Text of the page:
For years fans have been waiting for Role Mach to throw them a bone, but they keep getting tossed xylophones.
“We haven’t put out a real album yet of our actual songs,” said frontman Patrick Geraghty. “People are always complaining to me that we haven’t put out any music that they want to listen to.”
A staple of the live scene in Vancouver, their one album, 2009’s orffesques and fugues is inspired by the lullaby-like compositions of Carl Orff, mostly features glockenspiel, wooden xylophone and tubular bells, and has very little in common with their explosive live performance. To rectify this, Geraghty plans to flood the market with Role Mach material in the coming months and years, including several EPs, seven-inch records and two fully-written albums. Now they just need to be recorded.
The first to come out will be a seven-inch of garage rock songs, or at least Geraghty’s literature grad version of garage rock bands. He promises that it will be more representative of Role Mach’s live shows than orffesques and fugues.
Geraghty is simultaneously prolific and a perfectionist. Besides leading Role Mach, he is also a member of the Greenbelt Collective. He has songs that he’s been tweaking for six years, like a nihilistic Spaghetti Western ballad with 13 verses, influenced by Ennio Morricone.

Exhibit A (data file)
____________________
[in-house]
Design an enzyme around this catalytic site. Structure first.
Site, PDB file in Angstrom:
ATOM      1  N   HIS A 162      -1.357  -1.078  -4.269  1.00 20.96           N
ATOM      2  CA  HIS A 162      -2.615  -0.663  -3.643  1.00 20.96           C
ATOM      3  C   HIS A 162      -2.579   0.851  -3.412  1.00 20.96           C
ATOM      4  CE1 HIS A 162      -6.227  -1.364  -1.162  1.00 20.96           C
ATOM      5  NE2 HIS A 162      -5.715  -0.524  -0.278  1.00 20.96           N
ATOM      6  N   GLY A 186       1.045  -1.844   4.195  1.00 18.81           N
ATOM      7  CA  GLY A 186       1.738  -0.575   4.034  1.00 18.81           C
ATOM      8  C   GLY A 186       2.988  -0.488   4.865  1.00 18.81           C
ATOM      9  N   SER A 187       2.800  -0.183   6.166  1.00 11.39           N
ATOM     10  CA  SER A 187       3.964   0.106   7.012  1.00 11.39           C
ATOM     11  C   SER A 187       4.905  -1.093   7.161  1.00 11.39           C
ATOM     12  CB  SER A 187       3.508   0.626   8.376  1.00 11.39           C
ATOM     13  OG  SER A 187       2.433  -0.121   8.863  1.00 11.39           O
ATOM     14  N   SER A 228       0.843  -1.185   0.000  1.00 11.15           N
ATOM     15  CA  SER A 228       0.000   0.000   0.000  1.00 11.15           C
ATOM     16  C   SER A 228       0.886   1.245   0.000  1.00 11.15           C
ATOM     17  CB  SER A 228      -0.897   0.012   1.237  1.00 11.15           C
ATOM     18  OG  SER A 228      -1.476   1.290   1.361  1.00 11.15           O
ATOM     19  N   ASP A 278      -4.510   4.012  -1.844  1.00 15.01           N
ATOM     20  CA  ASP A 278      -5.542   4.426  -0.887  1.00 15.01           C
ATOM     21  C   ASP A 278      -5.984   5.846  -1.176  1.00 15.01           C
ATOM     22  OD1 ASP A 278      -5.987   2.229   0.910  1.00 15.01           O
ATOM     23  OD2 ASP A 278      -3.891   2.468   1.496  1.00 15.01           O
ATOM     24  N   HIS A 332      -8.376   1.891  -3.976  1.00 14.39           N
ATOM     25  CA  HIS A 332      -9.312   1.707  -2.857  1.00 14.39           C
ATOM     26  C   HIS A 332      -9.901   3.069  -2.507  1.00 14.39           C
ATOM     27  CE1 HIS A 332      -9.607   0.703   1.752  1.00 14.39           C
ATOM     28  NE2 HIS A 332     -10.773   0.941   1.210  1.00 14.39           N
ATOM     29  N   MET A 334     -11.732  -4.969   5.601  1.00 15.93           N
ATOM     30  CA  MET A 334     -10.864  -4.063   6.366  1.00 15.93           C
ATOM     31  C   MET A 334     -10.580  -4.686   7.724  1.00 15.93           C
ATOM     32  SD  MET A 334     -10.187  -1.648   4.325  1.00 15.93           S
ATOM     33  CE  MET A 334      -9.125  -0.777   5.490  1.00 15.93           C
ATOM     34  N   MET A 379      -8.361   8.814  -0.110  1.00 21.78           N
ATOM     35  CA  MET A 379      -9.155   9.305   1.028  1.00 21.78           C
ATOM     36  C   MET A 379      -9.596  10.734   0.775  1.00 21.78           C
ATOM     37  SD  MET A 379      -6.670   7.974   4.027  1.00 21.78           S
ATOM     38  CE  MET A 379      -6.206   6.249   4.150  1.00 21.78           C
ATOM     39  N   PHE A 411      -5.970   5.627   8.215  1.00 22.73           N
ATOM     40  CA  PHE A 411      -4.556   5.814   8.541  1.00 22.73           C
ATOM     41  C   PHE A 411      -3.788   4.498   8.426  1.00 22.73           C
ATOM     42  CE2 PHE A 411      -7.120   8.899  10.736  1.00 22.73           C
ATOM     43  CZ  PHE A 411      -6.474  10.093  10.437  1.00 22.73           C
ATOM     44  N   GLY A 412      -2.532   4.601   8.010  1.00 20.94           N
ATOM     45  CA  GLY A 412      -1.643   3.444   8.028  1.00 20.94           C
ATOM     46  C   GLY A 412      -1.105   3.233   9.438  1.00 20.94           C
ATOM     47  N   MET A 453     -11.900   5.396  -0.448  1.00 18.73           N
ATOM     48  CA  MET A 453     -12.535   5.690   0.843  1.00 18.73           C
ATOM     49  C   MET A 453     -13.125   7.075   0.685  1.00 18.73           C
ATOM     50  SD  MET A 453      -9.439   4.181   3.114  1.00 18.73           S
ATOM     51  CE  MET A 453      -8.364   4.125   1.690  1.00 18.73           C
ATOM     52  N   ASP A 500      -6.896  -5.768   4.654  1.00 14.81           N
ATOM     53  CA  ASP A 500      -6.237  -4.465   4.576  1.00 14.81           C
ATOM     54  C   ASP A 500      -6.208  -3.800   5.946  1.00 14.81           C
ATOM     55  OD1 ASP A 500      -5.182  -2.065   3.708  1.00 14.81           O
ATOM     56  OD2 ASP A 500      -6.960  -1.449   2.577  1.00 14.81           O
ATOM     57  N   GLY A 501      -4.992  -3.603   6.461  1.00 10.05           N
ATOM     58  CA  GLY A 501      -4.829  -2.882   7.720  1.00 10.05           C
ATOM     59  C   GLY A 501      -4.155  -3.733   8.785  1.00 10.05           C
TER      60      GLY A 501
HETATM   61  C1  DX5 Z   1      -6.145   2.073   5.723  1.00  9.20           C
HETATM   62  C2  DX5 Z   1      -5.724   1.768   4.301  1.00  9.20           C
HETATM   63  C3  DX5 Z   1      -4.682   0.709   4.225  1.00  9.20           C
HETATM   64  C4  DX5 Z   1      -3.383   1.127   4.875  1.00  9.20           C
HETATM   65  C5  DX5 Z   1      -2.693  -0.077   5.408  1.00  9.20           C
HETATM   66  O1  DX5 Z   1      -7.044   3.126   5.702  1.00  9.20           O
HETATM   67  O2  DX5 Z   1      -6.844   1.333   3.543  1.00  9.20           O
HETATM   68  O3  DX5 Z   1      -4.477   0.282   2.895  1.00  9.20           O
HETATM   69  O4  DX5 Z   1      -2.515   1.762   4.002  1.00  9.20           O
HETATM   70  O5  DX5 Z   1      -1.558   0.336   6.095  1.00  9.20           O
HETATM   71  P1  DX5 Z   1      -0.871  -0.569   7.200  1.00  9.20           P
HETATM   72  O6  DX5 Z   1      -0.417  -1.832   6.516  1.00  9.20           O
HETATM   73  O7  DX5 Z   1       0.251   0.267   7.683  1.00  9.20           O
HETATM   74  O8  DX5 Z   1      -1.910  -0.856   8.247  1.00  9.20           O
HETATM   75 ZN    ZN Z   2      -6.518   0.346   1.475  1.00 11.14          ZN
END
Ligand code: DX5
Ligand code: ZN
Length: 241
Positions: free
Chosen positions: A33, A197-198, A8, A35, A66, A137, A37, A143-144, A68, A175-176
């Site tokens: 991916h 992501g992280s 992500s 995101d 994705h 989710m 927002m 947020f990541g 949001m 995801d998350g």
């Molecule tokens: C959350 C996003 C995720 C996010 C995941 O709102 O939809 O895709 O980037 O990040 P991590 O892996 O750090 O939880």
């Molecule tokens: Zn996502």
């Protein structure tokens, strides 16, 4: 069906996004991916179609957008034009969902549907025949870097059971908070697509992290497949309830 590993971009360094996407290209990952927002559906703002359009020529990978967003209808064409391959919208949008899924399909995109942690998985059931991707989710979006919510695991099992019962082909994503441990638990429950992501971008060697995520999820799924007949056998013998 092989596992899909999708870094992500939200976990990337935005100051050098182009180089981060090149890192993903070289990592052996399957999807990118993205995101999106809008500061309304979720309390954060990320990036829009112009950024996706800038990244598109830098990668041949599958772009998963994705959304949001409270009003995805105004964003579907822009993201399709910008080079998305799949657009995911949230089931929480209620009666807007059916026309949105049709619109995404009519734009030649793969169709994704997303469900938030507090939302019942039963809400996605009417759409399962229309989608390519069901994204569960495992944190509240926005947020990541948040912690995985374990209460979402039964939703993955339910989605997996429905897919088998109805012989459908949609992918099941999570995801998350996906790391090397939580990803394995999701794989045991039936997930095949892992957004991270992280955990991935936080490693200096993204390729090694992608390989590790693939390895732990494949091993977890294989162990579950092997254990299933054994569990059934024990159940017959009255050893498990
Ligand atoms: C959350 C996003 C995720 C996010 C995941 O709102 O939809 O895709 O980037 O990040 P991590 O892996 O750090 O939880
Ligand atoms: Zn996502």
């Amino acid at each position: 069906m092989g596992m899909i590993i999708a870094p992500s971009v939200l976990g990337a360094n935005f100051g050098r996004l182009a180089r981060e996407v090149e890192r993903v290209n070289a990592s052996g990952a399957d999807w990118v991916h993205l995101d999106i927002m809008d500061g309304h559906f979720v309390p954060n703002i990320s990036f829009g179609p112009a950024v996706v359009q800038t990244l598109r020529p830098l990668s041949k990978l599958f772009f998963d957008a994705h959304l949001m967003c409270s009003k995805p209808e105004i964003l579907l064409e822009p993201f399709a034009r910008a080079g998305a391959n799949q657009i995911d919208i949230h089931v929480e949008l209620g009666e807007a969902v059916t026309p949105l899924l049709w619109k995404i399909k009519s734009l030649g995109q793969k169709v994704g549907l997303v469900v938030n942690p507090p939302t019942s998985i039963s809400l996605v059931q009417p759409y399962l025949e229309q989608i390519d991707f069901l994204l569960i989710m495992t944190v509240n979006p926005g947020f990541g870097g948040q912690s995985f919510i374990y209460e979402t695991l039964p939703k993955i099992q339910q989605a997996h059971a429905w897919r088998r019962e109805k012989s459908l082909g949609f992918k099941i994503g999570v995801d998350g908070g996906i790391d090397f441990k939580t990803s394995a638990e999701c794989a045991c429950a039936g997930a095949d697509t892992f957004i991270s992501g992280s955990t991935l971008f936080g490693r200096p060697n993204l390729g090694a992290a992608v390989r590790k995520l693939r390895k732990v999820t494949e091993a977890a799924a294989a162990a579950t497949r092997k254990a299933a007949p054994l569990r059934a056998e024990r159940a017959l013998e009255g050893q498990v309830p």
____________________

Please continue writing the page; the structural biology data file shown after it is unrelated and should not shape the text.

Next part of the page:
“Some of these songs I’ve been working on since 2000 and I’m still retooling them,” he said.
Conversely, he’s recently been working on an EP due in the next couple months featuring only his vocals and conga drums. That concept was inspired by a scene from film noir director Allen Baron’s Blast of Silence from the mid-’60s.
“I’m much more of a cinephile than an audiophile,” Geraghty said. “I think I approach songwriting if not from a literary perspective than from a cinematic one.”
His love of cinema has led him to put on film festivals in his studio space, including Thankless Cinema, where people submitted “the lamest and most radically inept films” into one god-awful night. Viewers were all given microphones to turn on when they couldn’t stand a film any longer, creating a horrible feedback to drown it out. The film that was shut down the quickest won.
After playing in alt-rock bands in middle school and high school, Geraghty finally found a song-writing style that worked for him thanks to his time studying creative writing in England.
“I never really liked poetry very much, but I did like writing stories that kind of [had] a rhythm to them, so I just ended up turning them into songs,” he said. “I realised the other day, I don’t have a refrain in any of my songs.”
Though the group has had a fluid lineup over the years, it has recently solidified with Geraghty on guitar and vocals, Jarrett Samson (of Shipyards) on bass, Tom Whalen (a.k.a. gr8-2000) on drums and a four-piece horn section comprised of Rich Sexton on alto sax, Aaron Cumming on tenor sax, Michelle Mayne on trumpet and Liz Horner on clarinet and vocals.
Though he’s only 26, Geraghty has every intention of retiring after Role Mach has recorded and released their backlog of material, probably six years from now.
“Maybe New Guinea. I’d like to go to New Guinea,” he said. “Then I’ll just live there and then I’ll die and that’ll be it.”
Their next show is April 24 at Grave Level before its tenants get evicted.